Awake just after 7:00 and I get the feeling Michael and Sheila have been awake in the aft cabin for a while, giving me some extra time to sleep. Heavy rains over night, the wind still gusting strongly out of the east. Spartina is rafted along the port side of Kantala and I step down to the aft deck and slip under the boom tent. I am pleased to find a very dry cockpit, the boom tent working very well and a bit of line wrapped around the mast above the boom tent wicking away the rivulets of water that normally run down the mast through the mast hole and under the foredeck. I am also pleased to have spent a very comfortable night sleeping aboard the 44' ferro cement ketch.
Breakfast, Sheila tells me, will be hippie pancakes, pancakes with anything else she can find - fruit, nuts or whatever - thrown into the batter. She serves up a platter and Michael and I dig in, topping them with maple syrup they had picked up in Canada and honey they had bought at a farmer's market while anchored in Portsmouth's Craford Bay. An excellent breakfast and we linger for a while talking about our trips and our boats and how nice it is to ride out the rough weather in comfort.
I am in no rush to leave Kantala, the wind still whipping out of the east. St. Michaels is due south, about five miles away. By 10:30 the boom tent is down and I've rigged Spartina for sailing. The noise of the wind is so loud that I hesitate to cast off, but finally do so raising just the mizzen and jib. Falling aft of Kantala I wave goodbye to my friends, noticing that all the noise of the wind was really Kantala's wind generator spinning and the lines of the ketch rig humming in the gusts. Blowing 20 or 25 mph, the wind wasn't so bad after all. Out on the Wye River the wind tugs at the jib and we make four and then five knots.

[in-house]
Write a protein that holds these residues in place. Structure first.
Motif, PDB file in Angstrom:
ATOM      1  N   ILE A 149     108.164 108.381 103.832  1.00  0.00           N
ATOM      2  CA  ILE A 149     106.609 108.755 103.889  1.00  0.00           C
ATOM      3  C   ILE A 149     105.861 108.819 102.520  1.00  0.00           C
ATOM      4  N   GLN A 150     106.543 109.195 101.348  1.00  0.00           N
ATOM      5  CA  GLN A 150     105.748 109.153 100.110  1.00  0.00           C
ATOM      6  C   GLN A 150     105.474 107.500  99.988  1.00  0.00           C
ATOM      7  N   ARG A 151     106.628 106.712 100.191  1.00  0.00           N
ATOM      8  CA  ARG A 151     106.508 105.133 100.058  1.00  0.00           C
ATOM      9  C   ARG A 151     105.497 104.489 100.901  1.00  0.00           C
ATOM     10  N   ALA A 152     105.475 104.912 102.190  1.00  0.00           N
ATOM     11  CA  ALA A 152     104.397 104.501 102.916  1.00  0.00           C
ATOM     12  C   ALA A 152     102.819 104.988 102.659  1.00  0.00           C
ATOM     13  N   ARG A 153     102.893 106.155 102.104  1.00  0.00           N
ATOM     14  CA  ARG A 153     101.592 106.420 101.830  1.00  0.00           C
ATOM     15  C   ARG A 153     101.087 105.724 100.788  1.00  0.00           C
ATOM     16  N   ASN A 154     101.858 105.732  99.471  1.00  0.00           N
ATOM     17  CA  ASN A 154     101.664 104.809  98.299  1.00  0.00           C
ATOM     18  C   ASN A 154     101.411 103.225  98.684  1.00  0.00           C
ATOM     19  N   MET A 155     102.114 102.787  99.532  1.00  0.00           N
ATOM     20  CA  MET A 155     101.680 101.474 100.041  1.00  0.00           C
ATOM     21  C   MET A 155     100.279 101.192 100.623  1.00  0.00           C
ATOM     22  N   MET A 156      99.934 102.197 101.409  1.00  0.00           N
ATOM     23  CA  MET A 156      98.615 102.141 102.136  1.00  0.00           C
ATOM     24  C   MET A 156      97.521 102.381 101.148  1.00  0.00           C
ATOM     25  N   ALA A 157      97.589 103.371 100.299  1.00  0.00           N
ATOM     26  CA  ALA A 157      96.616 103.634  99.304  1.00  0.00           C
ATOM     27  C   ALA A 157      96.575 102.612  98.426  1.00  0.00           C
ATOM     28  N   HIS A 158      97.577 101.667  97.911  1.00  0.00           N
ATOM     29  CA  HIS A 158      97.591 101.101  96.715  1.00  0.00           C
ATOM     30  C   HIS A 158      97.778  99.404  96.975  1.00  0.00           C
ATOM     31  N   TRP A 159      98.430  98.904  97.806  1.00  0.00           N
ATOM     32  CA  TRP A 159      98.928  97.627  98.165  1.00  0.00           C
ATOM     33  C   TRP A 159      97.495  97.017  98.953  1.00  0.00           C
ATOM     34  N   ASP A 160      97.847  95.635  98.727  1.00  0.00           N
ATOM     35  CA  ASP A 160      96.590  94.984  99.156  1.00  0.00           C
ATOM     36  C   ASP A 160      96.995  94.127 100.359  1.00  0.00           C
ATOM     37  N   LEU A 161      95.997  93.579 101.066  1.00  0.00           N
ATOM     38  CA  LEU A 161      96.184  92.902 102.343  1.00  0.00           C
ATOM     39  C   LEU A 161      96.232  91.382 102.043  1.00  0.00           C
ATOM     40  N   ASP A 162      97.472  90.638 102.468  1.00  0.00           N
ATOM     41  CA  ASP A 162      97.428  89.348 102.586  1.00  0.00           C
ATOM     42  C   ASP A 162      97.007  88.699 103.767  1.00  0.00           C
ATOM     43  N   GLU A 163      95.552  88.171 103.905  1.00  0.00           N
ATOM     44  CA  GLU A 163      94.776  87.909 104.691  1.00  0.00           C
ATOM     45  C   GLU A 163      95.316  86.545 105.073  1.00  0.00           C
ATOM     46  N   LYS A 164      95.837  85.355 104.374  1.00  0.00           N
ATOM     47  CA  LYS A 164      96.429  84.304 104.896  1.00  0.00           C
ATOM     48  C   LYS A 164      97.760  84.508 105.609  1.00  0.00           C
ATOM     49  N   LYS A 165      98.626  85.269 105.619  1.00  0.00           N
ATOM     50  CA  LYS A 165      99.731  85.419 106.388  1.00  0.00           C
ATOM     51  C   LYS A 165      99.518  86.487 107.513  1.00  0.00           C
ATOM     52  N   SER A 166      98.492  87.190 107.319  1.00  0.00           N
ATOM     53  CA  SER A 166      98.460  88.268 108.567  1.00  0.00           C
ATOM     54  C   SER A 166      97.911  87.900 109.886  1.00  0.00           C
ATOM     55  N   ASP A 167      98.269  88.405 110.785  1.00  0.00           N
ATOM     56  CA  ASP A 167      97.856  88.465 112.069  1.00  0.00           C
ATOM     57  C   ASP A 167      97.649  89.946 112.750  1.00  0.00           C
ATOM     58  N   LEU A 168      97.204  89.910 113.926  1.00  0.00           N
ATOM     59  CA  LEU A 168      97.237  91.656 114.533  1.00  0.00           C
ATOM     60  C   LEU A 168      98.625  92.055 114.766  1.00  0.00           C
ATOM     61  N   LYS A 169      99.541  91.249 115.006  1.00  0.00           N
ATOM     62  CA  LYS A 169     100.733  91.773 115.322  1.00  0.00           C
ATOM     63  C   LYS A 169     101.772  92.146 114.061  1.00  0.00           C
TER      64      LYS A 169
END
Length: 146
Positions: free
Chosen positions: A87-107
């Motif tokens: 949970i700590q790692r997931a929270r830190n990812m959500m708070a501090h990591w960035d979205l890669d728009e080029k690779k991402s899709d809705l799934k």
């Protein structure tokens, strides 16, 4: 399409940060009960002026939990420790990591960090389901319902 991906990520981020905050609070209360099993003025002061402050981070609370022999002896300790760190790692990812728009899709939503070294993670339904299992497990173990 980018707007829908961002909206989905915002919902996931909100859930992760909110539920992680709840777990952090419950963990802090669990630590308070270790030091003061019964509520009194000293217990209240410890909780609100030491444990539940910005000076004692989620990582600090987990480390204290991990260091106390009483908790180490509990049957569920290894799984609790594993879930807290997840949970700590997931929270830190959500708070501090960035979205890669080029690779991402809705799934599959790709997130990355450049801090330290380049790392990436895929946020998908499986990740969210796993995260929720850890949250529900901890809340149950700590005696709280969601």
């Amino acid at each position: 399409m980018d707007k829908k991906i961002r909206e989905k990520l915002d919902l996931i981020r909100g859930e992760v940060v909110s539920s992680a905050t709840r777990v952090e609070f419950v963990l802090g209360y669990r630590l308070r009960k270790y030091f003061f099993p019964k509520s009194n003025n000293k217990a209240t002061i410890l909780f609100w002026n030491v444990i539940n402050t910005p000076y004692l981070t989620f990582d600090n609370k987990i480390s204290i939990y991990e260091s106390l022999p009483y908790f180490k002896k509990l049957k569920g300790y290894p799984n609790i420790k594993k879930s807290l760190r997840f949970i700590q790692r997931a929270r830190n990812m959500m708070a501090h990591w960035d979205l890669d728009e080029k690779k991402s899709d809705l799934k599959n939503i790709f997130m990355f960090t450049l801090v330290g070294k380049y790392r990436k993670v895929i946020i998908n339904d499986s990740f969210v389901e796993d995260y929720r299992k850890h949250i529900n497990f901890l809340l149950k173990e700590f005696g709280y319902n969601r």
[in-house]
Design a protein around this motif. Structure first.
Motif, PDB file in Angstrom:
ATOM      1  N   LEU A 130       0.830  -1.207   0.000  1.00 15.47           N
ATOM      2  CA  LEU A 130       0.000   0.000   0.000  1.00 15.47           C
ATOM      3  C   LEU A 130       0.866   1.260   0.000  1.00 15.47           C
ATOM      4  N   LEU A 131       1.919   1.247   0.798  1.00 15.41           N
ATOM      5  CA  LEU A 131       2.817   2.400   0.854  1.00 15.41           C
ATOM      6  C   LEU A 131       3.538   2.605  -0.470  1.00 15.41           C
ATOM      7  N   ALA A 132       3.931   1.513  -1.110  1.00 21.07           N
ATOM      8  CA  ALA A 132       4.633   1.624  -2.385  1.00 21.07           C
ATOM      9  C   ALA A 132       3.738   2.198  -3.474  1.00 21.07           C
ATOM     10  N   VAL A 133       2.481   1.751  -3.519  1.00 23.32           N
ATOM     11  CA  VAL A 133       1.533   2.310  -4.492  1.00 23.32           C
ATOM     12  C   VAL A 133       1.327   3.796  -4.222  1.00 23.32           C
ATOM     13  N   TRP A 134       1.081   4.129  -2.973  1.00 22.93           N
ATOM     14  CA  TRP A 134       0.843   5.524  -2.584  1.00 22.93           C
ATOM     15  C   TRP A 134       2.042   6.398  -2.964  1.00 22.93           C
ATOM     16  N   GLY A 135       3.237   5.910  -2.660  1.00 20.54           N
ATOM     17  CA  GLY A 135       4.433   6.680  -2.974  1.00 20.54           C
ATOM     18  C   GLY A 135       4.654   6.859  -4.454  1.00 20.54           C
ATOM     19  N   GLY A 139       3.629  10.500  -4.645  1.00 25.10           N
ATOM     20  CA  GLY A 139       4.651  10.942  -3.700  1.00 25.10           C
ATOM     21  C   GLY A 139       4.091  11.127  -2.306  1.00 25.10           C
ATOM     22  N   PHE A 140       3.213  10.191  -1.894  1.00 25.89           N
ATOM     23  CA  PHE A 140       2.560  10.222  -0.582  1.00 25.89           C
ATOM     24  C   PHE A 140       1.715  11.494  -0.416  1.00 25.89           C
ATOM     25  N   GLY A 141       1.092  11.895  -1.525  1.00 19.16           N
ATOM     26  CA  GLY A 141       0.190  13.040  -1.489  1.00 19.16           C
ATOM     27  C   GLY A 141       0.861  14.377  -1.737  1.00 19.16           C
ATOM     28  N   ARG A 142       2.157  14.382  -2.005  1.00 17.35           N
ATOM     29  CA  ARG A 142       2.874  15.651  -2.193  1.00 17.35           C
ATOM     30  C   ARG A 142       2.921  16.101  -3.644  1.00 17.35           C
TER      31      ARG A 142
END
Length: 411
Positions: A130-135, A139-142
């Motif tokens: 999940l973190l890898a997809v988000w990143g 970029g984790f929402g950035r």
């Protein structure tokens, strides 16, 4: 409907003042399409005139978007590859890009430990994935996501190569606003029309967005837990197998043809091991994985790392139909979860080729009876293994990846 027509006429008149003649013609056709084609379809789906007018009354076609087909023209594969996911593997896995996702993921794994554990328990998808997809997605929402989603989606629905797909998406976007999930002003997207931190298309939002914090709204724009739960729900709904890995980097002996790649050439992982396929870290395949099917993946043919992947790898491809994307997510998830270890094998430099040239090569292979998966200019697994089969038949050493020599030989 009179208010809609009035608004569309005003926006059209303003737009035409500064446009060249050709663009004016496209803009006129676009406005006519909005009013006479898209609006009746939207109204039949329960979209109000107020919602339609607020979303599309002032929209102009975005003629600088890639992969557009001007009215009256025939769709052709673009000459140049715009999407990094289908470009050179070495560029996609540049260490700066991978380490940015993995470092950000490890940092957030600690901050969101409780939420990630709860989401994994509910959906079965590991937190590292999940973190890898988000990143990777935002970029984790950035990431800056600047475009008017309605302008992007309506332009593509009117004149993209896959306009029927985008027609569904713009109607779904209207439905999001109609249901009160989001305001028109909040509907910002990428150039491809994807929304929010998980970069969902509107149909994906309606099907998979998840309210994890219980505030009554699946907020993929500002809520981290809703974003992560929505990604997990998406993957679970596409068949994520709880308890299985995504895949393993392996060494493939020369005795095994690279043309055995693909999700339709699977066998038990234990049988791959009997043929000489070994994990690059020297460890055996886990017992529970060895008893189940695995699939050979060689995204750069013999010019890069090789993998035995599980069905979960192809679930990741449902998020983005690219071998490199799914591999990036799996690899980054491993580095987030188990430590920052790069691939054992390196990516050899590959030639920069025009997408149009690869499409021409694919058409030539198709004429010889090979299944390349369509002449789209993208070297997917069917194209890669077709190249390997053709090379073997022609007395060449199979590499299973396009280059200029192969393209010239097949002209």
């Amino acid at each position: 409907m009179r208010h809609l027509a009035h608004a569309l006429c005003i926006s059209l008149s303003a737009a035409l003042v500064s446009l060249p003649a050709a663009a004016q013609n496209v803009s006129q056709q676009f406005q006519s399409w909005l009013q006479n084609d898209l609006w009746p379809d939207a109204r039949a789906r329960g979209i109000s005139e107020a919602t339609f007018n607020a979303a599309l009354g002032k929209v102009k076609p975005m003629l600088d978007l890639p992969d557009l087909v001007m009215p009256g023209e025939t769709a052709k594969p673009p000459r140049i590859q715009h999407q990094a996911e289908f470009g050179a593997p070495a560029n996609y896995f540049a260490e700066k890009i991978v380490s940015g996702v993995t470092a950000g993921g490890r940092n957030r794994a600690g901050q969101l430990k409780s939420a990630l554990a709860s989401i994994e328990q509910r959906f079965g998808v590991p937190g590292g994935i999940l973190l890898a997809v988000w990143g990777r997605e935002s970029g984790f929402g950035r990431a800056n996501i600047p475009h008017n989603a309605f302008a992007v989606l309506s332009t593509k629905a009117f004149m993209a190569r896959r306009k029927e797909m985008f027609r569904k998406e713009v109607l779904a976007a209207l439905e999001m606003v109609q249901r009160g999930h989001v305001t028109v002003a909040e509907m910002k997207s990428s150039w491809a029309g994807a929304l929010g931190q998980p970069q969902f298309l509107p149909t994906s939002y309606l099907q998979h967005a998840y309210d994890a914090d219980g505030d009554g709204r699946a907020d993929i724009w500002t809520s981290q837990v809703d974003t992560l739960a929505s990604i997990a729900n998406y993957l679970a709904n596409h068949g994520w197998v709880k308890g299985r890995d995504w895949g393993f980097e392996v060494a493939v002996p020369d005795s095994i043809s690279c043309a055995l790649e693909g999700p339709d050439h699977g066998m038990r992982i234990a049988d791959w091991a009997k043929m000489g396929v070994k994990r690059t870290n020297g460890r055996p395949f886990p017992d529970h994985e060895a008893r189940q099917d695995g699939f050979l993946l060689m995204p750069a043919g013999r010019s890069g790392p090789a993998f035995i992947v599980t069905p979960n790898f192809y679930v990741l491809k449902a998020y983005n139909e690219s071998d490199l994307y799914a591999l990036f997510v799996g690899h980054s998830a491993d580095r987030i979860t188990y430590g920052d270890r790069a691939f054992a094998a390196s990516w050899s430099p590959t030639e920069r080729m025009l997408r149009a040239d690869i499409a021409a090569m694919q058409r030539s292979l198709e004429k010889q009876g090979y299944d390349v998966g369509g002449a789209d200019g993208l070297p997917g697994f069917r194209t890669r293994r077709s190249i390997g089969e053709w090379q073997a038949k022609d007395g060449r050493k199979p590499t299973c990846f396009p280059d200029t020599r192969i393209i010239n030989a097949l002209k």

Just to the south the Wye opens to Shaw Bay and with no tree line to protect us we make six knots at times. At Wyetown Point we are out of the Wye and now on the Miles River. I look back and through the mist I see Kantala's white hull against dark trees. Mostly five knots, sometimes less and sometimes more, we make a steady pace towards St. Michaels. Looking back once more Kantala is no longer in sight, looking forward I can see the lighthouse at the Chesapeake Bay Maritime Museum just beyond Deepwater Point. I am the only boat out on the river.
At marker "4M" we fall off and head toward St. Michaels. Outside of Fogg Cove I round up to bring down the jib, starting up the outboard before going forward. The steep chop across the river has become waves and Spartina's bow bounces up and down. I free the jib halyard and jerk the sail down. The wind jerks the sail right back up. I try and again and again, still the wind pulls the jib right back up. I grab the short piece of bright red line wrapped around the mast for this very purpose, clipping it to my harness, and kneel out on the foredeck. With one hand grasping the mast I use the other to pull down the jib and then quickly tie the sail to the bow sprit. Mizzen down easily, we motor to the dock where three sailors help me get tied up in the very rough harbor.
I clean up Spartina, charge some batteries and then start running into friends. Kristen comes off a boat where she had been helping pull a sailboat out to the marsh (the east wind is tough on a waterfront exposed to the east) and gives me a hug. Barry shows up with his daughter and an invite later that evening for dinner. I check on Spartina which is pitching fore and after in the wind and the waves, planning on sleeping on a porch instead of the rocking boat. Then Barry shows up again saying "I've got a paid-for hotel that's going to be empty tonight" and I wonder how I've gotten to be so lucky. At first I say no thanks, but when I see that Spartina is riding safely at the dock I take him up on the offer.